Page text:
Happy Labour day now get down that mine

As International Labour Day rolls by, China Labour Bulletin released some figures for reported deaths and injuries in the country’s death-trap coalmines, and Channel NewsAsia has a piece on the latest daily disasters in two northern state-owned coalmines which have left 50 dead.

The accidents came as China pledged to improve worker’s rights and as a Hong Kong-based labour rights group warned that a total lack of independent worker’s organizations was contributing to the appalling safety record in Chinese mines.

A gas explosion ripped through a mine in northern Shanxi province on Friday leaving 35 dead and one missing, while 15 miners were feared dead after a flood in an illegally operating mine in neighboring Inner Mongolia, officials and press reports said Saturday.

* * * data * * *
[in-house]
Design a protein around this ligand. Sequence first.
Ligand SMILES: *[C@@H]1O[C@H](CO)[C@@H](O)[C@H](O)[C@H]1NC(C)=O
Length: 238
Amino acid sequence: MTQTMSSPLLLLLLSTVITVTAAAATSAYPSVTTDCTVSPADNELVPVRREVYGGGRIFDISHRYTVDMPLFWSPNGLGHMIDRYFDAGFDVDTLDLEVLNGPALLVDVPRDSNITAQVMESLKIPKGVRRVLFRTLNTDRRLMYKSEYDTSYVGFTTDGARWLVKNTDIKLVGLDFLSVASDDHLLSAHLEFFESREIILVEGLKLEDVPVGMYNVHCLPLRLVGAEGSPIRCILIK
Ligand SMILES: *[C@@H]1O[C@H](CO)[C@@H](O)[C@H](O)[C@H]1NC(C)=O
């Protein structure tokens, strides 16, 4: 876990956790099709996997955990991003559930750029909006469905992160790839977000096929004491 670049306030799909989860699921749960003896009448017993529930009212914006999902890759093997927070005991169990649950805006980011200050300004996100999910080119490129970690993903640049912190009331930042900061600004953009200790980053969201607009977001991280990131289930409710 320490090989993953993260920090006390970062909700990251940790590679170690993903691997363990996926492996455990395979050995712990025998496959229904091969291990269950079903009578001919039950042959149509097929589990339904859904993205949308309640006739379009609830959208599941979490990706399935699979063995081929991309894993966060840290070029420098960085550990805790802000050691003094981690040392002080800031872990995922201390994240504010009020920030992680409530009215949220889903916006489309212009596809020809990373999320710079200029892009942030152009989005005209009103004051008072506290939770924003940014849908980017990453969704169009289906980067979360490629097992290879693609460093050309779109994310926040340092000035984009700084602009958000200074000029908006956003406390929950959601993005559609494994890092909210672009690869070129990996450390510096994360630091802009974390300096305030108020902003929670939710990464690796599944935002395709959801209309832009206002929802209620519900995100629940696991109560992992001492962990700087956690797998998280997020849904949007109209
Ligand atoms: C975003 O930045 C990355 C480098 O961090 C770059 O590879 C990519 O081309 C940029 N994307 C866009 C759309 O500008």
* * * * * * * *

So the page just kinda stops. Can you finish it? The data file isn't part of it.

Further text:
Shanxi governor Zhang Baoshun was overseeing rescue operations and the investigation into the blast at the Liangjiahe state-owned mine near Linfen city, Hou Jieyan, a spokesman for the Shanxi Coal Mining Safety Inspection Bureau told AFP.

Although the governor interrupted his holiday to direct operations at the accident site, before the blast the mine had intended to work through the week-long labour holiday to avoid costly safety procedures.

Most of China’s energy comes from coal, the demand for which is driven by the insatiable economic growth of the last 15 years. Many of the mines are old, unstable and operate clandestinely using workers who have no access to basic safety, health and rights and are unable to form independent unions or engage in collective bargaining.

“Workers and farmers in China are the weakest social classes and they are mainly weak because they have no collective power, if you give them the freedom of association, then these groups would not be so weak,” Han [Dongfang, director of the Hong Kong-based China Labor Bulletin] said.

The accidents come as China Friday agreed to work with the UN’s International Labor Organization (ILO) to address growing unrest among its tens of millions of unemployed workers and up to 100 million migrant workers through internationally accepted practices.